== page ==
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Review: Urban Legend (1998)

Director: Jamie Blanks | 99 minutes | horror | Actors: , , , Michael Rosenbaum, Loretta Devine, Joshua Jackson, , John Neville, Julian Richings, Robert Englund, Danielle Harris, Natasha Gregson Wagner, , , , JC Kenny , , , , , Nancy McAlear, Shawn Mathieson, , Danielle Brett, Roberta Angelica, , , , Silvio Horta,

‘Urban Legend’ is a standard high school slasher, the type of horror that dates back to the days of ‘Halloween’ and ‘Friday the 13th’ and in which a bunch of handsome and preferably promiscuous young people are hunted and slaughtered by a usually masked serial killer. In the mid-nineties, this genre was revived again by the success of ’s ‘Scream’, and ‘Urban Legend’ is one of the films that wanted to get a piece of it.

Of its kind, ‘Urban Legend’ is a predictable and not very shocking horror film that is not as fresh and stimulating as ‘Scream’ but still just does what it has to do and has some “interesting” murders in its arsenal that draw the viewer’s attention. is still held fairly firmly. One of these murders is right at the beginning of the movie. The victim is an attractive young lady who runs out of gas in the rain at night and her car just manages to get to a gas station where a scary, stuttering Brad Dourif – snake tongue from ‘The Lord of the Rings’ – is the gas station attendant. . Understandably, the girl does not dare to get out and just gives her credit card to the man through a barely opened window and hopes that things will be settled further. But then it turns out she has to come in. Indeed,

Like ‘Scream’, this is about a self-aware killer and group of involved parties, who are aware of the “rules” of the murders, which follow a set pattern. Only the build-up and anticipation are less exciting here, with just the narration of an Urban Legend by one of the characters in the beginning of the film and some background from Robert “Freddy Krueger” Englund, who teaches about folklore and legends. The investigation into the identity of the murderer does not come across as particularly involved or intense, and the killer himself is less menacing than major icons from, for example, ‘Halloween’, ‘A Nightmare on Elm Street’, and direct predecessor ‘Scream’. And the murders themselves are also less horrifying, although the movie certainly has its moments. Aside from the opening murder, there is also an original murder present that gives the viewer shivers as it moves into the main character. Those involved are lead character Natalie (Alicia Witt), her Goth roommate who likes rough and loud sex, and of course the killer herself. When Natalie comes home unsuspectingly and once again hears her roommate raging in bed in a dark room, she walks straight to her own bed, puts on her headphones, and turns to go to sleep. Getting up will give her a horrible hangover. When Natalie comes home unsuspectingly and once again hears her roommate raging in bed in a dark room, she walks straight to her own bed, puts on her headphones, and turns to go to sleep. Getting up will give her a horrible hangover. When Natalie comes home unsuspectingly to hear her roommate raging in bed in a dark room, she walks to her own bed, puts on her headphones, and turns to go to sleep. Getting up will give her a horrible hangover.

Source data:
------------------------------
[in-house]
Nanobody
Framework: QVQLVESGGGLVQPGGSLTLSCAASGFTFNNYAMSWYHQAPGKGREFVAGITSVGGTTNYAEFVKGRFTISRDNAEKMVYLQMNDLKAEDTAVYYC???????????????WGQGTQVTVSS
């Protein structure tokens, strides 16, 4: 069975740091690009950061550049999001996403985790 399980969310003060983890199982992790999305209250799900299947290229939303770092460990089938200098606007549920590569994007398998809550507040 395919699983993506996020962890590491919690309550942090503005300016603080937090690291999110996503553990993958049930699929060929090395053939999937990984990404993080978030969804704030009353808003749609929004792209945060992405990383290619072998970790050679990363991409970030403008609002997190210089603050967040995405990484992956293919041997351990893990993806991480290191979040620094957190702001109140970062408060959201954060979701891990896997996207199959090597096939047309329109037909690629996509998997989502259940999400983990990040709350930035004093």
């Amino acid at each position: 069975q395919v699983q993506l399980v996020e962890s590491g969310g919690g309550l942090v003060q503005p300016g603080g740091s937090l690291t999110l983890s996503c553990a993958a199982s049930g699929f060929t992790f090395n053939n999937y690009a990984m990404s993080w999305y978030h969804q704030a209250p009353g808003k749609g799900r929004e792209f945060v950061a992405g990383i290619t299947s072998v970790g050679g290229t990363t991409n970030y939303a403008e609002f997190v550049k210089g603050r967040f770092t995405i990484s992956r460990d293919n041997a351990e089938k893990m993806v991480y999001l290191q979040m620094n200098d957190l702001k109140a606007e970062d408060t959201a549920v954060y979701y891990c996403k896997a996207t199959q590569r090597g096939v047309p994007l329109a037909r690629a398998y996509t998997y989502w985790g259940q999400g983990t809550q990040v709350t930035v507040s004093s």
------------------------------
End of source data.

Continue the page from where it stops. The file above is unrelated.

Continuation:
‘Urban Legend’ has a well-known pattern, with main characters who are not believed or taken for granted, false suspicions, false scares, but fortunately no story that uses too many or too far-fetched “twists” and with a lead actress, Alicia Witt, who at least not brain dead and knows how to fascinate with her acting and appearance. ‘Urban Legend’ is a film that is quite digestible as a snack, but certainly not one of the better films in the genre.

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